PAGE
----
7 theories for why Twitter loves lists
According to people far smarter than I am, the human brain processes information spatially, which makes lists particularly appealing. As Walter Kintsch pointed out in a 1968 study (which is not, unfortunately, written in the form of a list), compiling thoughts into a list imparts order, a visualization to lodge in our minds.
In the past week, a new riff on an old trend has emerged: Goaded by hashtags and the pressure to do what everyone else on your feed is doing, Twitter users are making lists of their favorite things — films, TV shows, directors, albums, etc. — into groups of seven, probably very hastily, and throwing these quickly-curated selections into the public sphere for evaluation. Why do we love doing this to ourselves? Here are seven theories:
They provide structure.
People have always loved lists and the figurative structure they offer, from the Ten Commandments to Sight & Sound's once-every-10-years poll of the Best Movies Ever, but Twitter presents a unique spin on the list's allure. Twitter is a structure erected in the mire of the internet. Lists present order. Twitter, like the list itself, renders the nebulous nature of communication on the internet into a discernible shape, so it makes sense that lists trending on Twitter will get 100,000 unique interactions. Hashtags and lists go together especially well, since hashtags also provide structure.
Writing micro memoirs.
These lists are succinct, accessible memoirs for pop-culture connoisseurs. We share pieces of ourselves with the world, each list a new chapter in a story that keeps changing. Lists help us easily identify the ways in which we stand out from our peers and associates (or, for cinephiles, that dreaded IMDb top 250). But it also makes us feel connected, as Werner Herzog might opine, being able to quickly and painlessly exchange shapely opinions with the rest of the internet. You feel at once unique, yet vindicated by popular consensus, though not tethered to it. In the blithe torrent of Tweets materializes patterns, personas. Are lists craquelure in the veneer of an online persona, or fine strokes that help make that persona?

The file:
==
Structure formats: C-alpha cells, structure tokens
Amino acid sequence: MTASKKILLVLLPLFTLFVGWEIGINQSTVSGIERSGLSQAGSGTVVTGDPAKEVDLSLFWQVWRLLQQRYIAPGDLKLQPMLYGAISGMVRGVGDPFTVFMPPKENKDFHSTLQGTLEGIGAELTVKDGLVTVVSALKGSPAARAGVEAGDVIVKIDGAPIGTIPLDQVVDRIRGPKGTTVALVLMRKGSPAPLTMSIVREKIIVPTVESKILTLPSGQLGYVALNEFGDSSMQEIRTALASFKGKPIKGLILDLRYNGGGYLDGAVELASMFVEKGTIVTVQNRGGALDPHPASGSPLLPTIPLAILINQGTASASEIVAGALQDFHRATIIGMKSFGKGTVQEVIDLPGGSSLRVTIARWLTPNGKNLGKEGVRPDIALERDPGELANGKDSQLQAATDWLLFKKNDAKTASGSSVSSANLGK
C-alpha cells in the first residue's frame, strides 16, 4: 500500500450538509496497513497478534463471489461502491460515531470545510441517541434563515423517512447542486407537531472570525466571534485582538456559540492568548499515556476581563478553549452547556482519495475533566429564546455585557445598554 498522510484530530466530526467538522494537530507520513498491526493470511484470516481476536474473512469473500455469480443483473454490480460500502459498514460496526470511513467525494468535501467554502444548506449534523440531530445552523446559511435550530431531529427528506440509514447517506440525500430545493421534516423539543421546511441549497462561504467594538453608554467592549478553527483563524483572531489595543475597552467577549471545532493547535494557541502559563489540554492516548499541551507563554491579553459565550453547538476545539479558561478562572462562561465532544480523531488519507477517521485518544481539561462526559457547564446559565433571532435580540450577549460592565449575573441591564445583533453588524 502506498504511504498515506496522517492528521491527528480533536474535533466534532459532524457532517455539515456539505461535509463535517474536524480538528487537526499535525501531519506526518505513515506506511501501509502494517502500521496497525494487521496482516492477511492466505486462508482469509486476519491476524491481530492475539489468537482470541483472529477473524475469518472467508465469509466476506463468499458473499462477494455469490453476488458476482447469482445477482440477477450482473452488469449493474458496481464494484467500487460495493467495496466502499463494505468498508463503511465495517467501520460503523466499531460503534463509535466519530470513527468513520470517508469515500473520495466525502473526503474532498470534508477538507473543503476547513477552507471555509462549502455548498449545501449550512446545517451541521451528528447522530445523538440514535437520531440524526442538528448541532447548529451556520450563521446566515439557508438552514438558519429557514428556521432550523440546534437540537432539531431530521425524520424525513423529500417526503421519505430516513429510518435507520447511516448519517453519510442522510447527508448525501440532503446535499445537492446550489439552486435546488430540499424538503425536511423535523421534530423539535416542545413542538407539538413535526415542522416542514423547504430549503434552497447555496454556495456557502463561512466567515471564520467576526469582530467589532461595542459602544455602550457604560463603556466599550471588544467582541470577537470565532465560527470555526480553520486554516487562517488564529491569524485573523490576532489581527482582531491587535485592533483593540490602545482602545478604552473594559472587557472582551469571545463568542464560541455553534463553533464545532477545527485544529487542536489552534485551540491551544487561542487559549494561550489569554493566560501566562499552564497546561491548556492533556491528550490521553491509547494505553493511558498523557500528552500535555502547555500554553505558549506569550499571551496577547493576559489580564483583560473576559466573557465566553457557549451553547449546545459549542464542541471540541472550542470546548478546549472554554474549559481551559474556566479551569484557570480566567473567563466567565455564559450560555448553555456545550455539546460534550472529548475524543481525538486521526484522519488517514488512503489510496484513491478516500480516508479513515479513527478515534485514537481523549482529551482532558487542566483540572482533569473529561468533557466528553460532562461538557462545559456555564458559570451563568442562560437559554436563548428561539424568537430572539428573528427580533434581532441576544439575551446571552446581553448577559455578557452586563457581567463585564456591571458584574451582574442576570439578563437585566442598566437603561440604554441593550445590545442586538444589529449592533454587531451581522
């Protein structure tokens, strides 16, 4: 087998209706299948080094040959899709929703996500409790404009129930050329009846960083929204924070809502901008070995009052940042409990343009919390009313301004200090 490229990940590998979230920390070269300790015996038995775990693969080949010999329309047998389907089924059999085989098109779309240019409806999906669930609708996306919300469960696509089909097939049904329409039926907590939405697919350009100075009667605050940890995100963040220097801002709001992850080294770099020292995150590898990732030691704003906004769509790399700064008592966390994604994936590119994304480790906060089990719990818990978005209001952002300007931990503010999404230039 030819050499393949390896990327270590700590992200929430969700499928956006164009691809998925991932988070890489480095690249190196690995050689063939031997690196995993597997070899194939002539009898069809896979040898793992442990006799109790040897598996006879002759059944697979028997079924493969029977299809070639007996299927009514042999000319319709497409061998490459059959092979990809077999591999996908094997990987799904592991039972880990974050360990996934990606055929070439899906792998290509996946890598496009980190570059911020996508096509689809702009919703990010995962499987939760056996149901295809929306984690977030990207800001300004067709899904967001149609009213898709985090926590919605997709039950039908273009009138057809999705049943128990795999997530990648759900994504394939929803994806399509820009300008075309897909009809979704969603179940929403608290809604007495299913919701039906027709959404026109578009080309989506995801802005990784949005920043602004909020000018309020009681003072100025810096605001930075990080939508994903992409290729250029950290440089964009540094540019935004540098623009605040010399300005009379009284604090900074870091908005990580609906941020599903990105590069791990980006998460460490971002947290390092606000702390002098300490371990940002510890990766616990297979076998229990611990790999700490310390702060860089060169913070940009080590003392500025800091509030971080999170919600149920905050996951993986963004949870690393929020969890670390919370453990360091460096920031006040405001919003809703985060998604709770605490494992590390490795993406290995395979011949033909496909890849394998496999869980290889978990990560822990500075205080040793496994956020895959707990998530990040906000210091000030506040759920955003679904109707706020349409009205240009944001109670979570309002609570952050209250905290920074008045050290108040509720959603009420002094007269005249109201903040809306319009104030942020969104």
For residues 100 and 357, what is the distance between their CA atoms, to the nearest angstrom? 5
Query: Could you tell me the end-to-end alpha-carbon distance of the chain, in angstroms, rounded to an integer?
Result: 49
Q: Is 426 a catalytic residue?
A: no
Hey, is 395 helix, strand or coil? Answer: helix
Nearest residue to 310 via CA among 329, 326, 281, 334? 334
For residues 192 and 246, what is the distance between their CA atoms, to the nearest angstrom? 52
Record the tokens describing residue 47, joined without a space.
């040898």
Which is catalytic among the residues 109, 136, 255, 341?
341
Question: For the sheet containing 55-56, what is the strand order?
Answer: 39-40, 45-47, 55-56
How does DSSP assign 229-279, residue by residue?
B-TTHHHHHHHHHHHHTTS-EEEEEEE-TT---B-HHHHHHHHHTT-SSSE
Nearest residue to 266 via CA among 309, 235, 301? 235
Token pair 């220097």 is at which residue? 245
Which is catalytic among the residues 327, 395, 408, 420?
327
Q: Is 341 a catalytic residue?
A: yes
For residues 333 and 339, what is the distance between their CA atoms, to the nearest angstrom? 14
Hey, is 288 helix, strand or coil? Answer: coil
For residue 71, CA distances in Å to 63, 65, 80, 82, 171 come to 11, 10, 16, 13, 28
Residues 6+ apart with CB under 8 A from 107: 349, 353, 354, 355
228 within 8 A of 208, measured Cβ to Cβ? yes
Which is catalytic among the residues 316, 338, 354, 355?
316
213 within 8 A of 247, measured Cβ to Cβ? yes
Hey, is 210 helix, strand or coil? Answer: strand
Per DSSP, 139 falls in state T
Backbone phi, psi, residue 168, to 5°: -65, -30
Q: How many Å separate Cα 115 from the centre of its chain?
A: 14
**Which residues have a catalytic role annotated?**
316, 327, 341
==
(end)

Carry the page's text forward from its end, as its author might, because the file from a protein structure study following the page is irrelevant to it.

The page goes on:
Insanely easy to write.
And since there's not much time for cogitation, these lists (which most people have probably been compiling for years, whether consciously scrawled in the backs of Moleskines or unconsciously collecting like dank pools in the recesses of the mind) feel honest, even if they are, innately, curated. Researching, writing, and editing an essay takes a lot of time and thought, but typing up a list — which many sites consider to be #content today — takes almost no time. There's no explanation necessary. You just write your list and send it off into the abyss of Twitter.
They're easy to remember.
Have you ever found yourself quoting a Tweet, or saying, "Who Tweeted that stupid thing the other day about learning to tolerate Steven Spielberg?" Tweets are short, simple, often silly, and excessively easy to process. List Tweets are even easier to process and remember. There's no analysis necessary, no critical reading required...
...But, of course, you'll inevitably end up analyzing everyone's list, and trying to project meaning on why someone would list Fight Club as one of their favorite films, and judging people's tastes and opinions, even if you swear you're above that. Lists without context are intriguingly ambiguous. You can't help but try to vivisect someone using their lists as scalpels. And, because they consented to this by making the list public, you don't have to feel any guilt.
Everyone is doing it.
The constant noise of strangers' Tweets can have a comforting feeling, akin to the oscillations of a fan. Though not everyone's opinion is equal, and while there is certainly a hierarchy to Twitter measured in followers and blue badges, both of which can be obtained through the proper channels and some coercion, Twitter promises a certain kind of equality. Your list can coexist with Matt Zoller Seitz's list, giving you the feeling of being peers. Maybe if you're lucky you'll get a retweet. One of us, one of us. Goble gobble.
Remember when? Nope.
Even if nothing on the internet truly dies (unless we get a solar flair that wipes out all the electronic devices in the world, which, as Werner Herzog's Lo and Behold points out, is a distinct possibility), Tweets are particularly fleeting. If you don't like your list, you can just tweet a new one later and no one will notice. Except for those people who make it their duty to search old Tweets and @ you unsolicited. To which I say, come @ me.